A breeder in the Netherlands is working to improve the lives of French Bulldogs after years of selective breeding have left them with severe health conditions.
Hawbucks French Bulldogs is now trying to establish a new frontier for French Bulldogs to ensure that they can live happy, healthy lives.
With the motto ‘we breed for health, not show’ the breeder is working to move the breed back towards its original characteristics through ‘time, effort, thinking, doubt, idealism, frustrations and hope’.
“It is not normal that a dog cannot do what he likes most because of his body type,” the breeder says on its website. “It is not normal for a dog to be kept calm when it’s above 20 degrees outside. It is not ‘cute’ when a dog cannot breathe without making noise.
“A French Bulldog is first and foremost a dog. A dog is supposed to move freely and not be held back by his body. A dog is at its most beautiful when it’s not obstructed by physical limitations.”
Over the years French Bulldogs have developed a skull malformation that makes their necks short and their noses and nostril openings even shorter thanks to generations of selective breeding.
This has resulted in the species having what is known as Brachycephalic airway obstructive syndrome, meaning they have trouble breathing, suffer from shortness of breath and can even die if not treated properly.
Their limited breathing system, combined with their single short coat, means they also have trouble regulating their temperature efficiently.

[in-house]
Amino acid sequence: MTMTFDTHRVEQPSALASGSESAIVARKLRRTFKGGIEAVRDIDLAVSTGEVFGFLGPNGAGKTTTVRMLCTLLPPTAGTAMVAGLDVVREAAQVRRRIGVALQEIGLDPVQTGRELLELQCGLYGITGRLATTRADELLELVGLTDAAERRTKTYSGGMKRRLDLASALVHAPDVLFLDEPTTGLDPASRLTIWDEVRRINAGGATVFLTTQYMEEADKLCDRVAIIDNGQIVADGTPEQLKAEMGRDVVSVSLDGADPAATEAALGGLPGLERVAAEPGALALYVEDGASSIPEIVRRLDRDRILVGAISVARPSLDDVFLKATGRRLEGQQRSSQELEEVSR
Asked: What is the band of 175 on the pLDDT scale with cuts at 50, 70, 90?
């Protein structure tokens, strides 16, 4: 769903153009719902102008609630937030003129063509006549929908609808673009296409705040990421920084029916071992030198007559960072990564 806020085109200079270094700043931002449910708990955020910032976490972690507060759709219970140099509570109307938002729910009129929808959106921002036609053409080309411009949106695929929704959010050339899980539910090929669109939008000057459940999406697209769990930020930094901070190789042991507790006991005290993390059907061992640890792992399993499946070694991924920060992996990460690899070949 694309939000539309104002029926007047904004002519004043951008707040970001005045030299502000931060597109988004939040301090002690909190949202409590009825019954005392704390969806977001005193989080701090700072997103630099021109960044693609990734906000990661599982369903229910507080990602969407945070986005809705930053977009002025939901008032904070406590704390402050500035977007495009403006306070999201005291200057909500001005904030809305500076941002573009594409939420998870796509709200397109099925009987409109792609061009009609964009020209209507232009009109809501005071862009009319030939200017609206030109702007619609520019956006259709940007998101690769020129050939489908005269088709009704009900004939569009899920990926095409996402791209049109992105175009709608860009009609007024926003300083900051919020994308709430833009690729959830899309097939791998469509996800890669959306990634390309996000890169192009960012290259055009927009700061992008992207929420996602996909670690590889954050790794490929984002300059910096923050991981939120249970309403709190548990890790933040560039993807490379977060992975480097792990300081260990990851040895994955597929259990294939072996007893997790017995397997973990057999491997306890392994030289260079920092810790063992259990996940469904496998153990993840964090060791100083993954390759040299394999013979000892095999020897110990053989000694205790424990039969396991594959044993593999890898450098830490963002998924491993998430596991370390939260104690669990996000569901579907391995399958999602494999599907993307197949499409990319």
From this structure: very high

Hawbucks are hoping to reverse these issues by selectively breeding for dogs with longer snouts, and has been calling on the industry to do the same to ensure future generations of the dog don’t have to suffer like their predecessors.
The Dutch breeder is run by Chantal and Krijn van Kruining, who fell in love with the species when they rehomed a six year old Frenchie called Quinta.
Owning that pooch alerted them to the abnormalities that afflict the species. They went searching high and low all over the world to find different French Bulldogs bloodlines while also researching the breed’s genetics.
They have since been able to produce a Frenchie that has a seemingly longer neck and longer nose.
They claim this still isn’t the most perfect iteration of French Bulldog and admit there are still some health abnormalities.
However, they believe they are on the right path.
"We do not claim to know it all," the write. "The only thing we can do is promise that we will try our utmost best to breed health French Bulldogs. That is what we aspire. That is what we can hope for."
The French Bulldog is the second most popular breed in the UK and the US, and third most popular in Australia.